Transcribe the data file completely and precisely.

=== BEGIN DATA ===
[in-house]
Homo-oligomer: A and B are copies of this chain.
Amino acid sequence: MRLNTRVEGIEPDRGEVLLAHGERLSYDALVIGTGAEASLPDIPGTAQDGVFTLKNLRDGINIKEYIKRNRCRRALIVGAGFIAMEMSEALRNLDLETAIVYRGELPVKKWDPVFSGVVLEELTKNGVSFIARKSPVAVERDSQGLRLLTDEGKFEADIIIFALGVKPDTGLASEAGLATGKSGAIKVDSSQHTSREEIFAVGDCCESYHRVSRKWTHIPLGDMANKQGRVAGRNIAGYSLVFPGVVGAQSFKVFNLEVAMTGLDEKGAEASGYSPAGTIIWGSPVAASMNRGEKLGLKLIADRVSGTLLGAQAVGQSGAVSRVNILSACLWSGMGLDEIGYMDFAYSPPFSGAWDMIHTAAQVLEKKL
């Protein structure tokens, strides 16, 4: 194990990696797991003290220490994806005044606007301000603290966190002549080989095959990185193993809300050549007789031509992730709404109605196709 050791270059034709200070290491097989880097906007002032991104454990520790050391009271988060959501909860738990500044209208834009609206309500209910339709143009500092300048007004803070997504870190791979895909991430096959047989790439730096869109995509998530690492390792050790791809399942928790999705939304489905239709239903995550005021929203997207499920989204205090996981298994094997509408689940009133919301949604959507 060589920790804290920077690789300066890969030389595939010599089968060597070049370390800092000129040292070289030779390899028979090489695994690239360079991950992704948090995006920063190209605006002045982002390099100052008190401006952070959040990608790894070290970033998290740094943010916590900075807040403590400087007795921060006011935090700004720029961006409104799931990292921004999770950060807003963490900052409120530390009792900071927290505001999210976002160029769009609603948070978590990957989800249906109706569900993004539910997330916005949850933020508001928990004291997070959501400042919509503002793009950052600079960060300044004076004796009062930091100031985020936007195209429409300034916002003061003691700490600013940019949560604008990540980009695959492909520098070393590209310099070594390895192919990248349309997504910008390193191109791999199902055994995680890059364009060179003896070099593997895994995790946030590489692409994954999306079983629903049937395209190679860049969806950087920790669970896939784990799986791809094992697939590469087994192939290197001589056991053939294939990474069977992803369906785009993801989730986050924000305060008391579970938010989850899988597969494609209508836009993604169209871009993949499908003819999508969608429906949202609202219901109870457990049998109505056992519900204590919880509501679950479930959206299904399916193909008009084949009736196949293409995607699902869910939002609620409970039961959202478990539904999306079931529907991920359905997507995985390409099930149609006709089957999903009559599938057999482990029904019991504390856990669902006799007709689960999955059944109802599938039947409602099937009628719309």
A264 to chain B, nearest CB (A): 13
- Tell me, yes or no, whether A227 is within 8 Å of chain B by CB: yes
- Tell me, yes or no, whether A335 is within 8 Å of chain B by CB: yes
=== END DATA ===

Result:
[in-house]
Homo-oligomer: A and B are copies of this chain.
Amino acid sequence: MRLNTRVEGIEPDRGEVLLAHGERLSYDALVIGTGAEASLPDIPGTAQDGVFTLKNLRDGINIKEYIKRNRCRRALIVGAGFIAMEMSEALRNLDLETAIVYRGELPVKKWDPVFSGVVLEELTKNGVSFIARKSPVAVERDSQGLRLLTDEGKFEADIIIFALGVKPDTGLASEAGLATGKSGAIKVDSSQHTSREEIFAVGDCCESYHRVSRKWTHIPLGDMANKQGRVAGRNIAGYSLVFPGVVGAQSFKVFNLEVAMTGLDEKGAEASGYSPAGTIIWGSPVAASMNRGEKLGLKLIADRVSGTLLGAQAVGQSGAVSRVNILSACLWSGMGLDEIGYMDFAYSPPFSGAWDMIHTAAQVLEKKL
């Protein structure tokens, strides 16, 4: 194990990696797991003290220490994806005044606007301000603290966190002549080989095959990185193993809300050549007789031509992730709404109605196709 050791270059034709200070290491097989880097906007002032991104454990520790050391009271988060959501909860738990500044209208834009609206309500209910339709143009500092300048007004803070997504870190791979895909991430096959047989790439730096869109995509998530690492390792050790791809399942928790999705939304489905239709239903995550005021929203997207499920989204205090996981298994094997509408689940009133919301949604959507 060589920790804290920077690789300066890969030389595939010599089968060597070049370390800092000129040292070289030779390899028979090489695994690239360079991950992704948090995006920063190209605006002045982002390099100052008190401006952070959040990608790894070290970033998290740094943010916590900075807040403590400087007795921060006011935090700004720029961006409104799931990292921004999770950060807003963490900052409120530390009792900071927290505001999210976002160029769009609603948070978590990957989800249906109706569900993004539910997330916005949850933020508001928990004291997070959501400042919509503002793009950052600079960060300044004076004796009062930091100031985020936007195209429409300034916002003061003691700490600013940019949560604008990540980009695959492909520098070393590209310099070594390895192919990248349309997504910008390193191109791999199902055994995680890059364009060179003896070099593997895994995790946030590489692409994954999306079983629903049937395209190679860049969806950087920790669970896939784990799986791809094992697939590469087994192939290197001589056991053939294939990474069977992803369906785009993801989730986050924000305060008391579970938010989850899988597969494609209508836009993604169209871009993949499908003819999508969608429906949202609202219901109870457990049998109505056992519900204590919880509501679950479930959206299904399916193909008009084949009736196949293409995607699902869910939002609620409970039961959202478990539904999306079931529907991920359905997507995985390409099930149609006709089957999903009559599938057999482990029904019991504390856990669902006799007709689960999955059944109802599938039947409602099937009628719309």
A264 to chain B, nearest CB (A): 13
- Tell me, yes or no, whether A227 is within 8 Å of chain B by CB: yes
- Tell me, yes or no, whether A335 is within 8 Å of chain B by CB: yes